This species has a large rosette of succulent, stemless leaves that sometimes are clumped side by side. The green leaves are covered in grey and are easily diluted with contact or overhead watering. The margins of the leaves are rotted ciliate and the tip of the mucronate is prominent. The inflorescence of the branch has bright yellow blossoms, which open flat. Originally from the Canary Islands ‘ North and North-Eastern Tenerife.

Scientific Name

Aeonium cuneatum Webb & Berthel.


Sempervivum cuneatum

Scientific Classification

Family: Crassulaceae

Subfamily: Sedoideae

Tribe: Sedeae

Subtribe: Sedinae

Genus: Aeonium

How to grow Aeonium Cuneatum

The roots are quite wicky and hair-like, with the stems and leaves in all water storing parts of the plants. These wimpy roots are likely to dry up, and many of these plants decline if they don’t keep moist for most of the year at least (there are some exceptions, and if wet in summer they will rot). Many eoniums will produce aerial roots which will grow from the stems, especially when the stalks become long and leggy or fall over or in a cramped pot.

The winter farmers are the majority of  Aeonium Cuneatum when the weather is moderate and water is abundant. As summer draws near, many will curl their leaves in and enter a form of sleep, even though most will continue to grow actively, perhaps less vigorously, given certain shade and water in cultivation. The leaves are damaged by warm summer sun, and others turn and act as protection.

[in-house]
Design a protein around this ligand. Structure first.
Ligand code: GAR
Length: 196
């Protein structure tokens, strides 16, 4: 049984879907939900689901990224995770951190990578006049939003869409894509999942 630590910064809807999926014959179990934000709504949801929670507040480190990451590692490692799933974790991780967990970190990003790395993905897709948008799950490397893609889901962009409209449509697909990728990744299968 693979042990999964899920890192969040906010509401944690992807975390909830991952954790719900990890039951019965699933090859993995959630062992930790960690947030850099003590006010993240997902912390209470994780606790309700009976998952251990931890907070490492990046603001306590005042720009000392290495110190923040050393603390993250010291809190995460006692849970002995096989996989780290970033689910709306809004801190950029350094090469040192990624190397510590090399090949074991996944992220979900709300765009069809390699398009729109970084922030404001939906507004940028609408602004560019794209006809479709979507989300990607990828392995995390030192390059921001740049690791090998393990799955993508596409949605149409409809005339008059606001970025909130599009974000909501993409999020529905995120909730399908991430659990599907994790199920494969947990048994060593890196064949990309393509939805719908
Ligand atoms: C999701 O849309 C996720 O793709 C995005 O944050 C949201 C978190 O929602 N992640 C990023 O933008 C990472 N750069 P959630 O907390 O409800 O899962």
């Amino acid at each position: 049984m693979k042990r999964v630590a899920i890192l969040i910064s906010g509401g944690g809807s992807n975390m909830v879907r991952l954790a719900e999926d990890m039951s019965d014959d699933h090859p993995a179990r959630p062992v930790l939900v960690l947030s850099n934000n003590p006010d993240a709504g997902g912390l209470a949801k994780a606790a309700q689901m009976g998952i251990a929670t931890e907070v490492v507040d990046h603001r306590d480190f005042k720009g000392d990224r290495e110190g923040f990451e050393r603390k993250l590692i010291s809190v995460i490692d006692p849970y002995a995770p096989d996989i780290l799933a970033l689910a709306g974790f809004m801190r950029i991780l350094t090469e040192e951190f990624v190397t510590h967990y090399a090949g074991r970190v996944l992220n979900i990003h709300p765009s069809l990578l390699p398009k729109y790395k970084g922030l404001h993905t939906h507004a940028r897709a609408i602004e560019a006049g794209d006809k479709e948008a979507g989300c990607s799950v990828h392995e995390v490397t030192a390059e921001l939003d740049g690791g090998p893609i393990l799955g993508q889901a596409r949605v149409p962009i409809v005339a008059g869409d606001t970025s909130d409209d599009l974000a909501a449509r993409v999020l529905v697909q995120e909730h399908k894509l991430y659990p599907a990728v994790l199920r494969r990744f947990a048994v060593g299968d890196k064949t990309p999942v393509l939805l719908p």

How to care for Aeonium cuneatum

Care for Aeonium cuneatum is amazingly simple. Container plants require watering more frequently than in the ground. When new growth begins, fertilize aeonium once a year in containers in spring. Ground plants seldom require fertilizer, but they can benefit from a light mulch coating on the base. Make sure you do not stack it up or rot could set it up.

Root red and insects are the most common problems in the treatment of Aeonium cuneatum plants. Root rot is prevented by good drainage or soil percolation pre – planting using clay pots. Maintain moist but never soggy roots.

You also have to look for pests for good aeonium care. The Aeonium cuneatum can be attached by mites and scale. Combat with garden soaps or neem oil. However, be careful with soap sprays. Too often spraying can cause discoloration and lesions in the skin.

Aeonium cuneatum